Speed Chess

Is typing speed a factor in programmer productivity? Would you improve at chess if you moved the pieces faster?

Jason Gorman, who appears to be a relatively reflective programmer based on his blog and his twitter, tweeted this comment about chess a few days ago.

A bunch of people I follow ReTweeted, and it caught my attention because I used to think this way, both about chess and programming.

Now I don’t claim to be the greatest at either activity, but I’ve put some time and I have enough ability to claim to be above average at both. (Which is to say, I’m aware of my relative mediocrity when compared with real masters)

I’ve played chess off and on for years. I learned to play when I was quite young and I could usually beat other casual players quite easily. After losing to rated tournament players, I spent some time studying the game.

For a long time, I thought the best way to learn was to methodically look for the best move and I thought playing blitz games was somewhat degenerate. Luckily, someone convinced me to start playing blitz games regularly, and that accelerated my understanding of the game considerably.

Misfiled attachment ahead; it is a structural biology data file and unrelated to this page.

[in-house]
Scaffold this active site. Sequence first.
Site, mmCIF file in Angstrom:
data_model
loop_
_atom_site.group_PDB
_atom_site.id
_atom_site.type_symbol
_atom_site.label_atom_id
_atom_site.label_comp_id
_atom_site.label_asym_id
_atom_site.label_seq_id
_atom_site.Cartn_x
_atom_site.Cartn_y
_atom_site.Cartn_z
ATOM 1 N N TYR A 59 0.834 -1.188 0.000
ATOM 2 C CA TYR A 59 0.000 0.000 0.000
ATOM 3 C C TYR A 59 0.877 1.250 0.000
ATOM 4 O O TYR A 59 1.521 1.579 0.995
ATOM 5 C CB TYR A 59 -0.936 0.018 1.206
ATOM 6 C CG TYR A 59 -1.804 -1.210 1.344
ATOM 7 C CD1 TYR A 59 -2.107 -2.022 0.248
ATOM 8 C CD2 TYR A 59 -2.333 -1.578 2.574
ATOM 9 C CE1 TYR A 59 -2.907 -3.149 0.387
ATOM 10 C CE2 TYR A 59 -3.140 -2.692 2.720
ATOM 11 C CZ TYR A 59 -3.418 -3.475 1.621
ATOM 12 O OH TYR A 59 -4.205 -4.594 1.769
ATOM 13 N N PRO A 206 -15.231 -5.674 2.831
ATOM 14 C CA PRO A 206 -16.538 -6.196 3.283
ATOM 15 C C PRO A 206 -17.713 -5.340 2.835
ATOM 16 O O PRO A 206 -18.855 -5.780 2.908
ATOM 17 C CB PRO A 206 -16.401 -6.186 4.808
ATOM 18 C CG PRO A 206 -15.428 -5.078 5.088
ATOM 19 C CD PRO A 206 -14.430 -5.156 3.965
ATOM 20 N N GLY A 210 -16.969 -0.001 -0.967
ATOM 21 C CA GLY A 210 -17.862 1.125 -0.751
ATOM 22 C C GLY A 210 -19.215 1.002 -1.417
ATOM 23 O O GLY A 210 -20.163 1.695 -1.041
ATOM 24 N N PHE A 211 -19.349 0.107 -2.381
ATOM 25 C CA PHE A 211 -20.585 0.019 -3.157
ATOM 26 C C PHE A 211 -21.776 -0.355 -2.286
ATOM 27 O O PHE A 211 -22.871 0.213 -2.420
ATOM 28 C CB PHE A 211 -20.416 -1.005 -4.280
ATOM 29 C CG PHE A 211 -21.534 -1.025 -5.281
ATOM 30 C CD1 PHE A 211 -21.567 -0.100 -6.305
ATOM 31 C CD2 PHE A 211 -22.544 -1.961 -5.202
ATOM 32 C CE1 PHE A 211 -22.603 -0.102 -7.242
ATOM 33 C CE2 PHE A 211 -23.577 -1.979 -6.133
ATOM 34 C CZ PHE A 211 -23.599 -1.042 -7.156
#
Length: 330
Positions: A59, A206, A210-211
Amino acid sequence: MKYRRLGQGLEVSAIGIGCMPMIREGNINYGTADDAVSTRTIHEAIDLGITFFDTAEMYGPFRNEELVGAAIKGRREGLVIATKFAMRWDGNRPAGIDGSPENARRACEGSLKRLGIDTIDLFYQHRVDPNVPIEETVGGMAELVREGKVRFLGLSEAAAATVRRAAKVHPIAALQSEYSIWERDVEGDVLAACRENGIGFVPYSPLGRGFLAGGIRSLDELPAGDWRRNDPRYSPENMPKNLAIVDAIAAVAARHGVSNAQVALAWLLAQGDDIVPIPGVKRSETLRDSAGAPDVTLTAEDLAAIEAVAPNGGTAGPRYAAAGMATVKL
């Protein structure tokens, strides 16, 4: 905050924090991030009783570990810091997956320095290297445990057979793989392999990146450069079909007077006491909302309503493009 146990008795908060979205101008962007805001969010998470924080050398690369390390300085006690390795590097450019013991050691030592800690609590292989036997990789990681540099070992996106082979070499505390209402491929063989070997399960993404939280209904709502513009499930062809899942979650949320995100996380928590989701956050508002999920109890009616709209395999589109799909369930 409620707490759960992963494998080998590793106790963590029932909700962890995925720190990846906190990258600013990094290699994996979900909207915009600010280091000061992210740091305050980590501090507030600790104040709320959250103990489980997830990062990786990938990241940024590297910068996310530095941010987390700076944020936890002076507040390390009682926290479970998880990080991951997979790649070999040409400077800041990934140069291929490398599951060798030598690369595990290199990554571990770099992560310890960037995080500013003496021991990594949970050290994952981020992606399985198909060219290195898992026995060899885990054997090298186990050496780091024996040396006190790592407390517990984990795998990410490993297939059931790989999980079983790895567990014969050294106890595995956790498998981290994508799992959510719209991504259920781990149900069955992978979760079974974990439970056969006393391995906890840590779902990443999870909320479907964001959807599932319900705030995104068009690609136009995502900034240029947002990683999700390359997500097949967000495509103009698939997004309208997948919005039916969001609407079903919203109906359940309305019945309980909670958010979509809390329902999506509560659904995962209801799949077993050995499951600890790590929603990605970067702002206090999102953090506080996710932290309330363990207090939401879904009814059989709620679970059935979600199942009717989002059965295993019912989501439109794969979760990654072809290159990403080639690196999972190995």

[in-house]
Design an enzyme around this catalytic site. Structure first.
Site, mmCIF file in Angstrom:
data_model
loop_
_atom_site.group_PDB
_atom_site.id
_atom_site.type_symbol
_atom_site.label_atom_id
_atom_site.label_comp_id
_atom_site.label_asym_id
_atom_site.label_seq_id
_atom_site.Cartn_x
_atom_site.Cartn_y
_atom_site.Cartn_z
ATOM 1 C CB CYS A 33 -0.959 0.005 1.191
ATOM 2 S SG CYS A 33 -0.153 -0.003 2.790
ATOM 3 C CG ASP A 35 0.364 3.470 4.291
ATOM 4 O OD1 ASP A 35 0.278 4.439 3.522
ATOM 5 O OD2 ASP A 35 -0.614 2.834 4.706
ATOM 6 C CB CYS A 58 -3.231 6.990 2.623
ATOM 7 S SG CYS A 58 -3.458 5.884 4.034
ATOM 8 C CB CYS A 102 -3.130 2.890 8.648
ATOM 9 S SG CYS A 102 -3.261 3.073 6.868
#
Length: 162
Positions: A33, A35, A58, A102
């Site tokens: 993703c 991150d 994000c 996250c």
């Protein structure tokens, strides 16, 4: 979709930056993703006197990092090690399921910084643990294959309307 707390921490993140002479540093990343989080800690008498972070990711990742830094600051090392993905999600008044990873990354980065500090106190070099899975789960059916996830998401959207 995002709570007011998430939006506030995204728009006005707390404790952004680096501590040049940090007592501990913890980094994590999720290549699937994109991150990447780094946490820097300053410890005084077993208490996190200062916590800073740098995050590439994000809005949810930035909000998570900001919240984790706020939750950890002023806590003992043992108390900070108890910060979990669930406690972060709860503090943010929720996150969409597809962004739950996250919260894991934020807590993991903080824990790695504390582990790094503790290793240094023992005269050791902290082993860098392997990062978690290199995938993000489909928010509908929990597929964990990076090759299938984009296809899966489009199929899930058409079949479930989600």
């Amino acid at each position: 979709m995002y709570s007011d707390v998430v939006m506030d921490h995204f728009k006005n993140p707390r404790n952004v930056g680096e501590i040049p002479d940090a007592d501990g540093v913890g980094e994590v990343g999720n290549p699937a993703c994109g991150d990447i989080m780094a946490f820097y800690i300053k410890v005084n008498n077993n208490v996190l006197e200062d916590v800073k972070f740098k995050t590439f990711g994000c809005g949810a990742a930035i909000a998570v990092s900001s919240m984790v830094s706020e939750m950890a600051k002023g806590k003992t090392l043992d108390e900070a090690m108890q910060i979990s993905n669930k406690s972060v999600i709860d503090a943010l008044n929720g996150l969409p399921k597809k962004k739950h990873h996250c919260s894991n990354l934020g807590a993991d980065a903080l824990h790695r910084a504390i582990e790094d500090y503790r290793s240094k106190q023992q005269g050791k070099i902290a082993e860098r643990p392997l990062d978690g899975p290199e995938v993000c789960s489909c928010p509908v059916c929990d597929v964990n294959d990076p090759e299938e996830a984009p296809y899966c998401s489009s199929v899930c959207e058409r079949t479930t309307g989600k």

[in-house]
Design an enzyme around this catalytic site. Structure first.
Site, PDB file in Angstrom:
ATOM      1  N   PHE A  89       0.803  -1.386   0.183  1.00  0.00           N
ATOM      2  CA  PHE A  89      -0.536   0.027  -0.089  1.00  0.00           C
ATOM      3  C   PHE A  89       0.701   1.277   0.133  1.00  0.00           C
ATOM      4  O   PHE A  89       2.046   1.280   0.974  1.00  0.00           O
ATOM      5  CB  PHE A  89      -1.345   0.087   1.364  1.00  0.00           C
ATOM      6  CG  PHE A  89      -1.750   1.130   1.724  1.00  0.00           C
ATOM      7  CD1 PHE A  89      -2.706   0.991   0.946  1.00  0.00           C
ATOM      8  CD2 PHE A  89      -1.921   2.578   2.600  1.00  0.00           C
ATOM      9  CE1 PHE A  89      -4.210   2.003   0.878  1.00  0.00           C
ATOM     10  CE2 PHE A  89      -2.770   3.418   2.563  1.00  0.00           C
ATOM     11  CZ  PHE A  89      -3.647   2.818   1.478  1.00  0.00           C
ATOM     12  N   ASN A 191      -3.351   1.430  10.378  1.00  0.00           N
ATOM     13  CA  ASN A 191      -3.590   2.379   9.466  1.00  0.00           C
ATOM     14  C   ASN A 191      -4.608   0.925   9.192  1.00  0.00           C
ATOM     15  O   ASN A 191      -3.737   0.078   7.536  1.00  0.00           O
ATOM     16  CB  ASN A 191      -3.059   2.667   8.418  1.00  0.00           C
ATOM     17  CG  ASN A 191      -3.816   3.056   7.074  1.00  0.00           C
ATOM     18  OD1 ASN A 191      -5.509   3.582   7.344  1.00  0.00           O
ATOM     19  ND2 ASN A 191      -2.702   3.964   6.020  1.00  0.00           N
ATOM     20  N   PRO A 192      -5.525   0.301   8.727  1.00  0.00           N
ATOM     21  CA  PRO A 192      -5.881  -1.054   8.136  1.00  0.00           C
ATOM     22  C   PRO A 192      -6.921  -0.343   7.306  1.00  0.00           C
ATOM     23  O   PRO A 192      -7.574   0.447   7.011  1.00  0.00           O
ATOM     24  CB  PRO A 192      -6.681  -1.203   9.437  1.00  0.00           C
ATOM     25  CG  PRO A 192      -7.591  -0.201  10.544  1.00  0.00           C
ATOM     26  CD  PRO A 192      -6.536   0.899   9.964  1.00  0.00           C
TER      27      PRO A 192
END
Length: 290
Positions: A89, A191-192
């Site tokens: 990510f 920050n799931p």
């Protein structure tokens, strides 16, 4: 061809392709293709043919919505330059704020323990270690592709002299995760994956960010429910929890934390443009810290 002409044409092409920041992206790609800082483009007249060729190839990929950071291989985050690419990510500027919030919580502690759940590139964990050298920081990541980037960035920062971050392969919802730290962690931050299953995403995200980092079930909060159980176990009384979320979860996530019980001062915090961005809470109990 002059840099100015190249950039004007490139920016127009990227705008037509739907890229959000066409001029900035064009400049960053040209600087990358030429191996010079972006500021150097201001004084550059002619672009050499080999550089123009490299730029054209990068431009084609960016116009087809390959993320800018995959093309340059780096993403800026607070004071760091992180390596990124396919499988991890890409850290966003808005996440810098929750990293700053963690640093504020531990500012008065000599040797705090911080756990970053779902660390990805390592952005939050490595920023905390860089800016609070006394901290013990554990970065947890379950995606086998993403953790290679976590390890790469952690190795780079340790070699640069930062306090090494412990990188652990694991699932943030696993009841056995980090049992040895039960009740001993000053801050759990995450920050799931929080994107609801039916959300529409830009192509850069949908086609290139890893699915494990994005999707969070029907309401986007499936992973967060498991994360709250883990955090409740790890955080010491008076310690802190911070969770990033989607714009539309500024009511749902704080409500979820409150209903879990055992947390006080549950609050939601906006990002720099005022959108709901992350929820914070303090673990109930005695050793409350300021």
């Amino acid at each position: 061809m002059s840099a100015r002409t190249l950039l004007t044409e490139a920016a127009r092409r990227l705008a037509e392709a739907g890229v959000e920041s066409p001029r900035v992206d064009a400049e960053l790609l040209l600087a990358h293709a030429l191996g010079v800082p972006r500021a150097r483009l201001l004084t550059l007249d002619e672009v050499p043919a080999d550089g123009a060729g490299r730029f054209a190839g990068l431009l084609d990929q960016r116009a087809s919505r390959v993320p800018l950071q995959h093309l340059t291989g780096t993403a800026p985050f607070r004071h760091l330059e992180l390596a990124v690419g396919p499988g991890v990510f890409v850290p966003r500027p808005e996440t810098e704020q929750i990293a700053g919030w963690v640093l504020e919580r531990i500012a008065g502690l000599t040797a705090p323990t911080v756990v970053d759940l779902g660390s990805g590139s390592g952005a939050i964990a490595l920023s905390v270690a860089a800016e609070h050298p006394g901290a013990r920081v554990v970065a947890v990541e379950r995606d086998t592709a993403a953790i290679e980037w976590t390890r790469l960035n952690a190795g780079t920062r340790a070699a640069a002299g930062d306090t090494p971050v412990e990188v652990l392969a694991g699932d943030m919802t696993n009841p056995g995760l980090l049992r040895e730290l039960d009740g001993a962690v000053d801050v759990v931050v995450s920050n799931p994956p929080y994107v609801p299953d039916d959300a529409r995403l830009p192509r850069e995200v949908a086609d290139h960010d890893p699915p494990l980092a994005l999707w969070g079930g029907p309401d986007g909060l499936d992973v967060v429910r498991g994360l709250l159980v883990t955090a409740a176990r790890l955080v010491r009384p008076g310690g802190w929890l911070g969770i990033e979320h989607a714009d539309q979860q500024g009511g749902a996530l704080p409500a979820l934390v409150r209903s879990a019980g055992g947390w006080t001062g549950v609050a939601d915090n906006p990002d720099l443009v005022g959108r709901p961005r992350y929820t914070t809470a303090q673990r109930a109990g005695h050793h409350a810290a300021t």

I still play better when I take the time to be methodical, but that’s not the same thing as learning. I think the blitz games accelerated my learning for two reasons, first, because playing at that speed put that many more games, positions and patterns in front of me and two, because I didn’t attach as much ego to the games I experimented more, which led to that many more positions.

I do think there is a point of diminished returns to just move the pieces faster, and improvement is predicated on some reflection, but I will contend unequivocally that, unless you are a master, you will improve at chess if you spend a considerable portion of your playing time moving the pieces faster.

The same applies to code. You don’t need to type +100 words per minute, but if you can’t touch type at least 40-50 wpm, spend the 20 minutes a day for a month or so until you can. You will never regret it. (And I worked as a programmer for years before I could touch type.)

I would walk you through the arguments, but there is already a classic Yeggethon on the topic, which articulates all the positions I would and then some.

“Lose Your First 100 Games As Quickly As Possible”
–Proverb for Go Beginners

6 responses to “Speed Chess

  • Jake Seliger

    The board game Go has a culture of playing at “brisk” pace in part for the reasons you describe: it accelerates learning the game but also makes it more fun, because your opponent won’t have to spend eons waiting for you to move.